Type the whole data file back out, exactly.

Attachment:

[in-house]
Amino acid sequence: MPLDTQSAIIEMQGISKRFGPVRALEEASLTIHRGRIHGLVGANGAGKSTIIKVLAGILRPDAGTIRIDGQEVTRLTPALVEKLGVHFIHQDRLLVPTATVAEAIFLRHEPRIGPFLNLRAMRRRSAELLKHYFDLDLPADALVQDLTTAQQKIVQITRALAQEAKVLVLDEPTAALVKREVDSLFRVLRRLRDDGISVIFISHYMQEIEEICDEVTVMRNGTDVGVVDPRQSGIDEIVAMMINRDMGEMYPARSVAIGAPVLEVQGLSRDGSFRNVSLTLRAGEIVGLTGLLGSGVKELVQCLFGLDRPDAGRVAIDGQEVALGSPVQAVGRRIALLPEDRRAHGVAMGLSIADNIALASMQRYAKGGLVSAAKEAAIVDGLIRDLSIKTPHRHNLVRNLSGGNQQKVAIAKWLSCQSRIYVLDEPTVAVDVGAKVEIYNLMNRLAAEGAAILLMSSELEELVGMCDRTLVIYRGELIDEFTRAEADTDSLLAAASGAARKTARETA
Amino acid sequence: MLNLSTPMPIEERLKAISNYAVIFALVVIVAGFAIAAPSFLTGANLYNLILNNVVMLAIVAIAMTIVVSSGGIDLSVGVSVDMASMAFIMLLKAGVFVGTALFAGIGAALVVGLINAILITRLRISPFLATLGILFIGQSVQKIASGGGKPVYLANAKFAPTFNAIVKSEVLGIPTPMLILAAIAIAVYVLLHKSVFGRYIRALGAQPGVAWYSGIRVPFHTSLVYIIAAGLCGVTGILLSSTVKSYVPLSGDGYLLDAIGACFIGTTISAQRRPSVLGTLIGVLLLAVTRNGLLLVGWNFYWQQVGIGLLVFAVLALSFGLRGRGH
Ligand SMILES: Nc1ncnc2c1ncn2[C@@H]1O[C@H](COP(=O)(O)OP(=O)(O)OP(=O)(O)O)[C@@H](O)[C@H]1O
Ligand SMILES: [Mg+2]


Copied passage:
[in-house]
Amino acid sequence: MPLDTQSAIIEMQGISKRFGPVRALEEASLTIHRGRIHGLVGANGAGKSTIIKVLAGILRPDAGTIRIDGQEVTRLTPALVEKLGVHFIHQDRLLVPTATVAEAIFLRHEPRIGPFLNLRAMRRRSAELLKHYFDLDLPADALVQDLTTAQQKIVQITRALAQEAKVLVLDEPTAALVKREVDSLFRVLRRLRDDGISVIFISHYMQEIEEICDEVTVMRNGTDVGVVDPRQSGIDEIVAMMINRDMGEMYPARSVAIGAPVLEVQGLSRDGSFRNVSLTLRAGEIVGLTGLLGSGVKELVQCLFGLDRPDAGRVAIDGQEVALGSPVQAVGRRIALLPEDRRAHGVAMGLSIADNIALASMQRYAKGGLVSAAKEAAIVDGLIRDLSIKTPHRHNLVRNLSGGNQQKVAIAKWLSCQSRIYVLDEPTVAVDVGAKVEIYNLMNRLAAEGAAILLMSSELEELVGMCDRTLVIYRGELIDEFTRAEADTDSLLAAASGAARKTARETA
Amino acid sequence: MLNLSTPMPIEERLKAISNYAVIFALVVIVAGFAIAAPSFLTGANLYNLILNNVVMLAIVAIAMTIVVSSGGIDLSVGVSVDMASMAFIMLLKAGVFVGTALFAGIGAALVVGLINAILITRLRISPFLATLGILFIGQSVQKIASGGGKPVYLANAKFAPTFNAIVKSEVLGIPTPMLILAAIAIAVYVLLHKSVFGRYIRALGAQPGVAWYSGIRVPFHTSLVYIIAAGLCGVTGILLSSTVKSYVPLSGDGYLLDAIGACFIGTTISAQRRPSVLGTLIGVLLLAVTRNGLLLVGWNFYWQQVGIGLLVFAVLALSFGLRGRGH
Ligand SMILES: Nc1ncnc2c1ncn2[C@@H]1O[C@H](COP(=O)(O)OP(=O)(O)OP(=O)(O)O)[C@@H](O)[C@H]1O
Ligand SMILES: [Mg+2]